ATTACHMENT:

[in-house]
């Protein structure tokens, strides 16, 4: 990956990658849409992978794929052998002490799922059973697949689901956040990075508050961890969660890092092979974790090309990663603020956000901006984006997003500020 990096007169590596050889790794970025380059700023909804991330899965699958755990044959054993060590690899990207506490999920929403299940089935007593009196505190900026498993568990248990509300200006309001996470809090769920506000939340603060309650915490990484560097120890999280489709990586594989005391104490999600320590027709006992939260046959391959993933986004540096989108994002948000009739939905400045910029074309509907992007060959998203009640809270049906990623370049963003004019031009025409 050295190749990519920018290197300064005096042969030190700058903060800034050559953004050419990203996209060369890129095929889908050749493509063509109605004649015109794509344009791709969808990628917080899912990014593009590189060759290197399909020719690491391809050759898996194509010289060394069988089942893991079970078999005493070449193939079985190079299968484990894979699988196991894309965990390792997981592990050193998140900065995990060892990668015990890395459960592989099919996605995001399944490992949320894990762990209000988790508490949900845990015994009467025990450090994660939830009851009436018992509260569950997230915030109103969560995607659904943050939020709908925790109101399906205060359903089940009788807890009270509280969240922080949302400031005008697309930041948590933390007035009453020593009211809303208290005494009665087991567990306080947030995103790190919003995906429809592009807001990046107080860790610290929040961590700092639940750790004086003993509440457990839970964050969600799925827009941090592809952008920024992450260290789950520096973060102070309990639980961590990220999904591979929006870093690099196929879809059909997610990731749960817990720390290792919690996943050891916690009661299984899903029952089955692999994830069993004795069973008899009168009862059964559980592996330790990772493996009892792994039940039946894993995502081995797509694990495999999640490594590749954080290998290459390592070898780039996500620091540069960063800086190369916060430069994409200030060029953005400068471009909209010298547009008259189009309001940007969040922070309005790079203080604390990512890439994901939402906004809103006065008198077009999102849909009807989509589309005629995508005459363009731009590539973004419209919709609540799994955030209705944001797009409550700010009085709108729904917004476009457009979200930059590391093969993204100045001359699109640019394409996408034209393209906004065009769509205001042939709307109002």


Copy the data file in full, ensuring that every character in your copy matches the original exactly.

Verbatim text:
[in-house]
């Protein structure tokens, strides 16, 4: 990956990658849409992978794929052998002490799922059973697949689901956040990075508050961890969660890092092979974790090309990663603020956000901006984006997003500020 990096007169590596050889790794970025380059700023909804991330899965699958755990044959054993060590690899990207506490999920929403299940089935007593009196505190900026498993568990248990509300200006309001996470809090769920506000939340603060309650915490990484560097120890999280489709990586594989005391104490999600320590027709006992939260046959391959993933986004540096989108994002948000009739939905400045910029074309509907992007060959998203009640809270049906990623370049963003004019031009025409 050295190749990519920018290197300064005096042969030190700058903060800034050559953004050419990203996209060369890129095929889908050749493509063509109605004649015109794509344009791709969808990628917080899912990014593009590189060759290197399909020719690491391809050759898996194509010289060394069988089942893991079970078999005493070449193939079985190079299968484990894979699988196991894309965990390792997981592990050193998140900065995990060892990668015990890395459960592989099919996605995001399944490992949320894990762990209000988790508490949900845990015994009467025990450090994660939830009851009436018992509260569950997230915030109103969560995607659904943050939020709908925790109101399906205060359903089940009788807890009270509280969240922080949302400031005008697309930041948590933390007035009453020593009211809303208290005494009665087991567990306080947030995103790190919003995906429809592009807001990046107080860790610290929040961590700092639940750790004086003993509440457990839970964050969600799925827009941090592809952008920024992450260290789950520096973060102070309990639980961590990220999904591979929006870093690099196929879809059909997610990731749960817990720390290792919690996943050891916690009661299984899903029952089955692999994830069993004795069973008899009168009862059964559980592996330790990772493996009892792994039940039946894993995502081995797509694990495999999640490594590749954080290998290459390592070898780039996500620091540069960063800086190369916060430069994409200030060029953005400068471009909209010298547009008259189009309001940007969040922070309005790079203080604390990512890439994901939402906004809103006065008198077009999102849909009807989509589309005629995508005459363009731009590539973004419209919709609540799994955030209705944001797009409550700010009085709108729904917004476009457009979200930059590391093969993204100045001359699109640019394409996408034209393209906004065009769509205001042939709307109002």